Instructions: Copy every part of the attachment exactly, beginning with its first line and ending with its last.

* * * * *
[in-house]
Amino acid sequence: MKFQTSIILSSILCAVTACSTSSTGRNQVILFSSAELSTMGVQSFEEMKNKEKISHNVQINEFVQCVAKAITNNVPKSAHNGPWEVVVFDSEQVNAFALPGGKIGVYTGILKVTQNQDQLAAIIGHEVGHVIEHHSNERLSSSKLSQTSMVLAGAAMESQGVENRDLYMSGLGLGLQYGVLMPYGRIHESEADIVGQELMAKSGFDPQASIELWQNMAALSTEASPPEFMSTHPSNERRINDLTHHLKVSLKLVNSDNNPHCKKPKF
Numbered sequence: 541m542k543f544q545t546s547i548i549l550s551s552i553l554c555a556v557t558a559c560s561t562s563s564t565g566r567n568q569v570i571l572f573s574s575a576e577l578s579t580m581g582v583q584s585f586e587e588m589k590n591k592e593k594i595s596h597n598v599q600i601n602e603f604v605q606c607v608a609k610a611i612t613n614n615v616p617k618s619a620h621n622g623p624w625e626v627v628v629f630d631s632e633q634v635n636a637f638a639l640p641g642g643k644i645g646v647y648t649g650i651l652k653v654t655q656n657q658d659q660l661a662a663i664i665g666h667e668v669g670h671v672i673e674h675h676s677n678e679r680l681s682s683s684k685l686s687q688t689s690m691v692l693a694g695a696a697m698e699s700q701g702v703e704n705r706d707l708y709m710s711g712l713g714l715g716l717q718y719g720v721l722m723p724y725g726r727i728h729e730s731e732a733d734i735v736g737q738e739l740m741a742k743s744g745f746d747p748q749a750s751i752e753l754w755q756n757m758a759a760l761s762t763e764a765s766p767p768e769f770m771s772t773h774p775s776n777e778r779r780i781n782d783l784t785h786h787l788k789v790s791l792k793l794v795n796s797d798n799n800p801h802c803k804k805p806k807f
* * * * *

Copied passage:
[in-house]
Amino acid sequence: MKFQTSIILSSILCAVTACSTSSTGRNQVILFSSAELSTMGVQSFEEMKNKEKISHNVQINEFVQCVAKAITNNVPKSAHNGPWEVVVFDSEQVNAFALPGGKIGVYTGILKVTQNQDQLAAIIGHEVGHVIEHHSNERLSSSKLSQTSMVLAGAAMESQGVENRDLYMSGLGLGLQYGVLMPYGRIHESEADIVGQELMAKSGFDPQASIELWQNMAALSTEASPPEFMSTHPSNERRINDLTHHLKVSLKLVNSDNNPHCKKPKF
Numbered sequence: 541m542k543f544q545t546s547i548i549l550s551s552i553l554c555a556v557t558a559c560s561t562s563s564t565g566r567n568q569v570i571l572f573s574s575a576e577l578s579t580m581g582v583q584s585f586e587e588m589k590n591k592e593k594i595s596h597n598v599q600i601n602e603f604v605q606c607v608a609k610a611i612t613n614n615v616p617k618s619a620h621n622g623p624w625e626v627v628v629f630d631s632e633q634v635n636a637f638a639l640p641g642g643k644i645g646v647y648t649g650i651l652k653v654t655q656n657q658d659q660l661a662a663i664i665g666h667e668v669g670h671v672i673e674h675h676s677n678e679r680l681s682s683s684k685l686s687q688t689s690m691v692l693a694g695a696a697m698e699s700q701g702v703e704n705r706d707l708y709m710s711g712l713g714l715g716l717q718y719g720v721l722m723p724y725g726r727i728h729e730s731e732a733d734i735v736g737q738e739l740m741a742k743s744g745f746d747p748q749a750s751i752e753l754w755q756n757m758a759a760l761s762t763e764a765s766p767p768e769f770m771s772t773h774p775s776n777e778r779r780i781n782d783l784t785h786h787l788k789v790s791l792k793l794v795n796s797d798n799n800p801h802c803k804k805p806k807f